By Lem Satterfield
LAS VEGAS -- During the press conference following eight-division titlist, Manny Pacquiao's, unanimous decision over Shane Mosley on Saturday night in defense of his WBO welterweight belt at the MGM Grand, Top Rank Promotions CEO, Bob Arum, tried to put a positive spin on what was a fight largely of excitement.
Although the 32-year-old Pacquiao (53-3-2, 38 knockout) managed to floor the 39-year-old Mosley (46-7-1, 39 KOs) with a left hand behind the ear in the third round, the Filipino super star never followed up his advantage, causing some observers pleading some observers to draw the conclusion that he had taken it easy on the aging five-time champion.
"Manny wasn't exactly playing tiddly winks with some of those shots that he hit Shane Mosley with," said Arum. "But this is a sport. Manny never was angry at Shane, and Shane was never angry with him. Anger should never be a part of an athletic contest."
But there was some anger, according to Pacquiao, who, for a brief instant, spurned Mosley's move to give a congratulatory glove-tap after the final bell.
Instead, Pacquiao abruptly turned and walked toward his own corner.
"I'll tell you the truth, I was expecting that he would fight with me at least five rounds of the 12 rounds, to fight toe-to-toe with me so that we could test our power and our stamina, you know. But what am I going to do if my opponent does not want to fight toe-to-toe?" said Pacquiao, who had applauded Mosley during what had been a promotion that was free of trash talk.
"It's not my fault, that's part of the game," said Pacquiao. "Of course I was happy that I won the fight, but like I said, my first concern is that I want the people to be satisfied. I want to make the fans happy. That's my first concern."
Unlike the aftermath of his November, 2009, 12th-round knockout of Miguel Cotto, his March, 2010 unanimous decision over Joshua Clottey, and his November, 2010 unanimous decision over Antonio Margarito, there was little damage to either Pacquiao's face or his body in general.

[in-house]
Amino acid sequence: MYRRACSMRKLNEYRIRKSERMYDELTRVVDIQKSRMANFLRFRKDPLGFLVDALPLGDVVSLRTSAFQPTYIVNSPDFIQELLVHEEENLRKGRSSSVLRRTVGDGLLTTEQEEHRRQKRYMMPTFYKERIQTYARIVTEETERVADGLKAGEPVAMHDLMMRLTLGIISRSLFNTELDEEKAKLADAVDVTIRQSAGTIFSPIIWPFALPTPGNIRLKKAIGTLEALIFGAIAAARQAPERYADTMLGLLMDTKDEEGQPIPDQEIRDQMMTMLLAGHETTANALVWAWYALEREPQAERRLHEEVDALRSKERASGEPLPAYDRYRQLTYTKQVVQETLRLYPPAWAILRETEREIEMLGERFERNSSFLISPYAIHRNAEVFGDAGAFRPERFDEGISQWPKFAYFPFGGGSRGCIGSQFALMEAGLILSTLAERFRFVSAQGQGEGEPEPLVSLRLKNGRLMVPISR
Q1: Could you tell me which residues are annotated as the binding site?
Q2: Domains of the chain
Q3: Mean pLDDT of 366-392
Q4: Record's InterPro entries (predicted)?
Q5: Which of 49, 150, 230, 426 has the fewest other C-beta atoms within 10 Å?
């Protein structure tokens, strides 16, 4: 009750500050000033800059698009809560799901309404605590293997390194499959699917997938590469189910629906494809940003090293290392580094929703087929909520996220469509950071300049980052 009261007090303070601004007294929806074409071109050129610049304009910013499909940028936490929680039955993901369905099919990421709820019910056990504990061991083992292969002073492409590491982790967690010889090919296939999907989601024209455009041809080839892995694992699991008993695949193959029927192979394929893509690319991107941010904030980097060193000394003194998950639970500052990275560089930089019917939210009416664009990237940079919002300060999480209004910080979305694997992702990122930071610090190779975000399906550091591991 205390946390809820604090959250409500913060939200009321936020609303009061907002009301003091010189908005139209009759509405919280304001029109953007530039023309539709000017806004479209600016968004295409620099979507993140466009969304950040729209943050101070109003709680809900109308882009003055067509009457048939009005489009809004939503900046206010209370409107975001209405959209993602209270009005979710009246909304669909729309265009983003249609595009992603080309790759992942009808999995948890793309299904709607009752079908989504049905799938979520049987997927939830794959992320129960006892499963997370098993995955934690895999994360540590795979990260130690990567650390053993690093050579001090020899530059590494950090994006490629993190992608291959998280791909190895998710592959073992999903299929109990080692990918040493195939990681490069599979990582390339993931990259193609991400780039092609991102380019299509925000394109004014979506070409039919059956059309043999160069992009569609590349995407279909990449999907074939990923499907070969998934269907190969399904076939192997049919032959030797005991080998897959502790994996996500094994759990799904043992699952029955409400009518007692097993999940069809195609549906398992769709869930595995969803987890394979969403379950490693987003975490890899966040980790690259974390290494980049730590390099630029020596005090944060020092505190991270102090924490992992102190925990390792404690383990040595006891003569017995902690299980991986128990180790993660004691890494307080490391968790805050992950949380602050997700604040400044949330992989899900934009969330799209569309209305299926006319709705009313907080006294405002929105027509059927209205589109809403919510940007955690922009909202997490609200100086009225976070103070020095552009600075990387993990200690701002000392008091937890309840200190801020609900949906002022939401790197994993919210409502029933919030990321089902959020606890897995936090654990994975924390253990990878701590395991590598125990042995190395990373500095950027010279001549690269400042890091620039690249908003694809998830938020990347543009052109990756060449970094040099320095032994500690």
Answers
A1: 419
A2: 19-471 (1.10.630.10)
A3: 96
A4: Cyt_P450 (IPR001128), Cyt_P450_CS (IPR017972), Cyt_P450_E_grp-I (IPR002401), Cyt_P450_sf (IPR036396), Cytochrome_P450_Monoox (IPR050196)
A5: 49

Yet again, however, that was not something Pacquiao was proud of.
"I don't care if I hurt my face in the fight, or if I get a bruise or two on my face," said Pacquiao. "I want the fans to be happy in my performance."
Pacquiao said the boos from the fans, as a result of the lull in the fight's action, indeed bothered him.
"I think that they wanted to see us fight more. They wanted a good fight and to see us trading a lot of punches, and that's what I wanted," said Pacquiao. "But, you know, Mosley doesn't want to fight toe-to-toe, and he started running every time I went to throw more punches."
Pacquiao said that he wanted to stop Mosley -- a feat that would have made him the first man to do so -- but that a problem with the muscles in his left foot limited his mobility and leverage over the rest of the fight.
"After the first knockdown, I felt that I got him and I felt that I was stronger than him and I thought that I could finish him," said Pacquiao. "But after the fourth round I had a problem with my left foot. It was tight and I couldn't press my advantage because it was too tight."
The victory was Pacquiao's 14th straight during a run that has included eight knockouts, including those in the thrd, and, 10th rounds over Erik Morales, the man who last defeated him by unanimous decision in March of 2005.
"My opponent [Mosley] had a lot of respect for me and he felt the power, and that's why he didn't want to fight toe-to-toe with me and he wanted just to finish the 12 rounds. But, you know, I did my best," said Pacquiao.
"I tried to fight toe-to-toe with him, but I was surprised," said Mosley. "I thought that he had studied during his training and that he was ready to fight inside and toe-to-toe with me, but I was surprised that he just ran and ran."